There seems to be something about women that really gets on the nerves of Islamists such as Dilly Hussain. Namely when they’re doing horrible “Islamophobic” things such as expressing opinions or leaving the confines of their home.

Now for those of you who don’t know ol’ Dilly, he’s a regular on the Huff Po and likes to write about his wonderful Caliphate (you know, the one that beheads apostates and stones women to death) on a bag of crazy called 5Pillarz.

Why would the HuffPo regularly publish someone who advocates for a Caliphate? Does it publish people who advocate for Nazism?

Dilly’s latest outrage was over Mina Topia having the audacity to say she ”wouldn’t agree with any state which tries to curtail anyone else’s right based on their religion, their sexuality, their creed or their political leaning” on a recent debate on the caliphate on BBC Asian network. That should sound fairly uncontroversial coming from pretty much anybody. The problem of course is that Mina made the mistake of being a Muslim and worse still, being a woman. Being unable to smear his critics as either racist or “Islamophobic”, Dilly instead resorted to calling Mina a “fatty”. Because that’s real mature and because he couldn’t deploy his usual dirty tactics to close down the debate before it even gets started.

With his persecution complex in full swing, Dilly decided to Twitter stalk Mina then copy and paste pictures of her out friends with great nuggets of wisdom like “pisshead, drunken liberal garbage”. Of course what somebody like Dilly is doing on a site that is meant to cater mainly to progressives, whilst referring to a woman as a “stupid liberal cow”, you will have to ask the Huff Po themselves. I didn’t know believers in a brutal, repressive, totalitarian theocracy that stones uppity women to death like Mina were standard fair for that site now.

It’s to make up for imperialism. Or something like that.

(This is a syndicated post. Read the original at FreeThoughtBlogs.)

Sending a message

Aug 19th, 2014 3:26 pm | By

IS has apparently beheaded the US journalist James Foley, who has been missing for two years, the SMH reports.

Islamic State insurgents who control territory in Iraq and Syria released a video on Tuesday purportedly showing the beheading of US journalist James Foley, who had gone missing in Syria nearly two years ago. The group also threatened the life of a second US journalist it claims to be holding.

The video, titled “A Message To America,” was posted on social media sites. It was not immediately possible to verify.

Foley, who has reported in the Middle East for five years, was kidnapped on November 22, 2012, by unidentified gunmen.

God is great.

(This is a syndicated post. Read the original at FreeThoughtBlogs.)

More Amnesty sources

Aug 19th, 2014 11:59 am | By

Amnesty International has a useful Ferguson Storify recording its activities and what its people have seen.

police announcing anyone standing who’s not a member of media will be arrested. Heading back to hotel with @Amnesty crew. stay safe

US can’t tell other countries to improve their records on policing and peaceful assembly if it won’t clean up its own human rights record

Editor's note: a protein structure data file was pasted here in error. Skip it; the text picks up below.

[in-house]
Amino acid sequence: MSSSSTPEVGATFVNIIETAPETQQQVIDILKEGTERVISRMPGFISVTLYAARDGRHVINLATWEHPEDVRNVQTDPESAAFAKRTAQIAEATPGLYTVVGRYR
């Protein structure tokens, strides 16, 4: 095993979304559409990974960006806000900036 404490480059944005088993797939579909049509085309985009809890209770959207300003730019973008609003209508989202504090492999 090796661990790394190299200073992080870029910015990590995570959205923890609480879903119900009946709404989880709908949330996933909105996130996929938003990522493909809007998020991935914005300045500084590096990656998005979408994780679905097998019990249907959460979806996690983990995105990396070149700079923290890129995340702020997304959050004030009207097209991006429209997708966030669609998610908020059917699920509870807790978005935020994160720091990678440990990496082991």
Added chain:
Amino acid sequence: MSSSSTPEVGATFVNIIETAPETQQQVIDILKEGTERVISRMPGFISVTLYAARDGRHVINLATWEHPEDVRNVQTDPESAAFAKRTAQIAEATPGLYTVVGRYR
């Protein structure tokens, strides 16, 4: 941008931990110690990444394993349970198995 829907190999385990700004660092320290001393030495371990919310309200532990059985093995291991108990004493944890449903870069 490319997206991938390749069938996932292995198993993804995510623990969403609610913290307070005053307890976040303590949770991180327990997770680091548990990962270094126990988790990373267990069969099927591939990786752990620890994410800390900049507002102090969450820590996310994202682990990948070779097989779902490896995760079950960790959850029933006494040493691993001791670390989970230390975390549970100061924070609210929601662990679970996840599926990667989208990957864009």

(This is a syndicated post. Read the original at FreeThoughtBlogs.)

Economic recovery depended on cheap labor

Aug 19th, 2014 10:38 am | By

I’ve been re-reading David Oshinsky’s book Worse Than Slavery. It’s about the ways the Southern states found, after the Civil War, to continue exploiting black labor after and despite the abolition of slavery; it culminates with an account of Parchman Farm, Mississippi’s nightmarish state prison.

The Washington Post has the whole first chapter. Let’s start with the Mississippi governor in 1865. The state was a ruin.

In the fall of 1865, Governor Benjamin G. Humphreys addressed the “negro problem” before a special session of the Mississippi legislature. A planter by profession and a general during the war, Humphreys had campaigned for office in a “thrice-perforated” army coat shot through with Yankee lead. Like other leading Confederates, he had at first been excluded from participating in the South’s postwar political affairs. But President Andrew Johnson had pardoned the general, and hundreds like him, in remarkably short order. Humphreys received his pardon on October 5, 1865, just three days after winning the governor’s race in a landslide.(24)

His speech about the Negro was a major event, the first of its kind by a Southern governor since the Confederate defeat. “Under the pressure of federal bayonets.” Humphreys began, “. . . the people of Mississippi have abolished the institution of slavery.” That decision was final; there could be no turning back. “The Negro is free, whether we like it or not; we must realize that fact now and forever.”(25)

But freedom had its limits, Humphreys continued. It protected the Negro’s person and property but did not guarantee him political or social equality with whites. Indeed the “purity and progress” of both races required a strict caste system, with blacks accepting their place in the lower order of things. And that place–literally–was the cotton field of the south. Since economic recovery depended on a ready supply of Negro labor, the new system, like the old one, must reward the faithful field hand and punish the loafer. Such was the rule of the plantation, said Humphreys, and the “law of God.”

In the following days, the legislature passed a series of acts known collectively as the Black Codes. Their aim was to control the labor supply, to protect the freedman from his own “vices,” and to ensure the superior position of whites in southern life. “While some of [these acts] may seem rigid and stringent to sickly modern humanitarians,” the legislators declared, “the wicked and improvident, the vagabond and meddler, must be smarted [and] reformed.” Others agreed. The Mississippi Black Codes were copied, sometimes word for word, by legislators in South Carolina, Georgia, Florida, Alabama, Louisiana, and Texas.